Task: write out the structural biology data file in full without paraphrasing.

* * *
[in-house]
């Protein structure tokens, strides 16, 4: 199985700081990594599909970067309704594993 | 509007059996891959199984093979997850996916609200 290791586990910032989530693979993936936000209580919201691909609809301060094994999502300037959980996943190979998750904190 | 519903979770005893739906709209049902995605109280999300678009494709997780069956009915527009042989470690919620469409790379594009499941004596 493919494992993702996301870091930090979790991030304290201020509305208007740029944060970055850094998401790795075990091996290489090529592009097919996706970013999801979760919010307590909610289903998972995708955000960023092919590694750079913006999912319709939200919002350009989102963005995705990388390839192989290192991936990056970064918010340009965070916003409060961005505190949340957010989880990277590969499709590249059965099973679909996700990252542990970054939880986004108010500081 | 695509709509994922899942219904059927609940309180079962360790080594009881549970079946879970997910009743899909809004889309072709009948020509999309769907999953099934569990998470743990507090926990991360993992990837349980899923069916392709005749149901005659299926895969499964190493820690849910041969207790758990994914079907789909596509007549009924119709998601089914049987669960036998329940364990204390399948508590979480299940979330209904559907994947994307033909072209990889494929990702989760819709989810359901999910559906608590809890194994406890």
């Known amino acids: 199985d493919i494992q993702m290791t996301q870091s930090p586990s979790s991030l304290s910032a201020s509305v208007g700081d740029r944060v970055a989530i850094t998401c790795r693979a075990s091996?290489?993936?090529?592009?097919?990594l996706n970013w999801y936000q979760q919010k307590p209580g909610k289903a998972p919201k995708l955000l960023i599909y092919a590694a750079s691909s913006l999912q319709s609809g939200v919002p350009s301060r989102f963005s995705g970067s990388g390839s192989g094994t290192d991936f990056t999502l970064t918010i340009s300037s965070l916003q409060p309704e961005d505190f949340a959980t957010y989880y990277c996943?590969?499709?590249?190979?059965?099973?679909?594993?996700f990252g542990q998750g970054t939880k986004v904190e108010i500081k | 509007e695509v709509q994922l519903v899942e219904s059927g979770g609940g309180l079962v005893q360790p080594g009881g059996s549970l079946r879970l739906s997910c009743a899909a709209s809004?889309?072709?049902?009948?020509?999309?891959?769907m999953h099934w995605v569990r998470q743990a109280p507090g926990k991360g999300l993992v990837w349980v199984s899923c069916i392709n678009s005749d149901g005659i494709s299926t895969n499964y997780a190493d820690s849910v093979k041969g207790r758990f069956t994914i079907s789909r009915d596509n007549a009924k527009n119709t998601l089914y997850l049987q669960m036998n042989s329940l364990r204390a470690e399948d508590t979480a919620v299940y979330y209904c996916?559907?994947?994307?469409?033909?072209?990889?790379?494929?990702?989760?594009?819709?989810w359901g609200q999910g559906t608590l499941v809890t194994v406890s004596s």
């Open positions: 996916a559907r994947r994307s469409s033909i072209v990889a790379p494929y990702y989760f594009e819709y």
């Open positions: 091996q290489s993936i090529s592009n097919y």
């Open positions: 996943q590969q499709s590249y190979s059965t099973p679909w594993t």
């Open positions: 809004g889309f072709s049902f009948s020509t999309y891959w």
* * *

[in-house]
């Protein structure tokens, strides 16, 4: 199985700081990594599909970067309704594993 | 509007059996891959199984093979997850996916609200 290791586990910032989530693979993936936000209580919201691909609809301060094994999502300037959980996943190979998750904190 | 519903979770005893739906709209049902995605109280999300678009494709997780069956009915527009042989470690919620469409790379594009499941004596 493919494992993702996301870091930090979790991030304290201020509305208007740029944060970055850094998401790795075990091996290489090529592009097919996706970013999801979760919010307590909610289903998972995708955000960023092919590694750079913006999912319709939200919002350009989102963005995705990388390839192989290192991936990056970064918010340009965070916003409060961005505190949340957010989880990277590969499709590249059965099973679909996700990252542990970054939880986004108010500081 | 695509709509994922899942219904059927609940309180079962360790080594009881549970079946879970997910009743899909809004889309072709009948020509999309769907999953099934569990998470743990507090926990991360993992990837349980899923069916392709005749149901005659299926895969499964190493820690849910041969207790758990994914079907789909596509007549009924119709998601089914049987669960036998329940364990204390399948508590979480299940979330209904559907994947994307033909072209990889494929990702989760819709989810359901999910559906608590809890194994406890």
């Known amino acids: 199985d493919i494992q993702m290791t996301q870091s930090p586990s979790s991030l304290s910032a201020s509305v208007g700081d740029r944060v970055a989530i850094t998401c790795r693979a075990s091996?290489?993936?090529?592009?097919?990594l996706n970013w999801y936000q979760q919010k307590p209580g909610k289903a998972p919201k995708l955000l960023i599909y092919a590694a750079s691909s913006l999912q319709s609809g939200v919002p350009s301060r989102f963005s995705g970067s990388g390839s192989g094994t290192d991936f990056t999502l970064t918010i340009s300037s965070l916003q409060p309704e961005d505190f949340a959980t957010y989880y990277c996943?590969?499709?590249?190979?059965?099973?679909?594993?996700f990252g542990q998750g970054t939880k986004v904190e108010i500081k | 509007e695509v709509q994922l519903v899942e219904s059927g979770g609940g309180l079962v005893q360790p080594g009881g059996s549970l079946r879970l739906s997910c009743a899909a709209s809004?889309?072709?049902?009948?020509?999309?891959?769907m999953h099934w995605v569990r998470q743990a109280p507090g926990k991360g999300l993992v990837w349980v199984s899923c069916i392709n678009s005749d149901g005659i494709s299926t895969n499964y997780a190493d820690s849910v093979k041969g207790r758990f069956t994914i079907s789909r009915d596509n007549a009924k527009n119709t998601l089914y997850l049987q669960m036998n042989s329940l364990r204390a470690e399948d508590t979480a919620v299940y979330y209904c996916?559907?994947?994307?469409?033909?072209?990889?790379?494929?990702?989760?594009?819709?989810w359901g609200q999910g559906t608590l499941v809890t194994v406890s004596s």
């Open positions: 996916a559907r994947r994307s469409s033909i072209v990889a790379p494929y990702y989760f594009e819709y």
């Open positions: 091996q290489s993936i090529s592009n097919y």
């Open positions: 996943q590969q499709s590249y190979s059965t099973p679909w594993t």
């Open positions: 809004g889309f072709s049902f009948s020509t999309y891959w």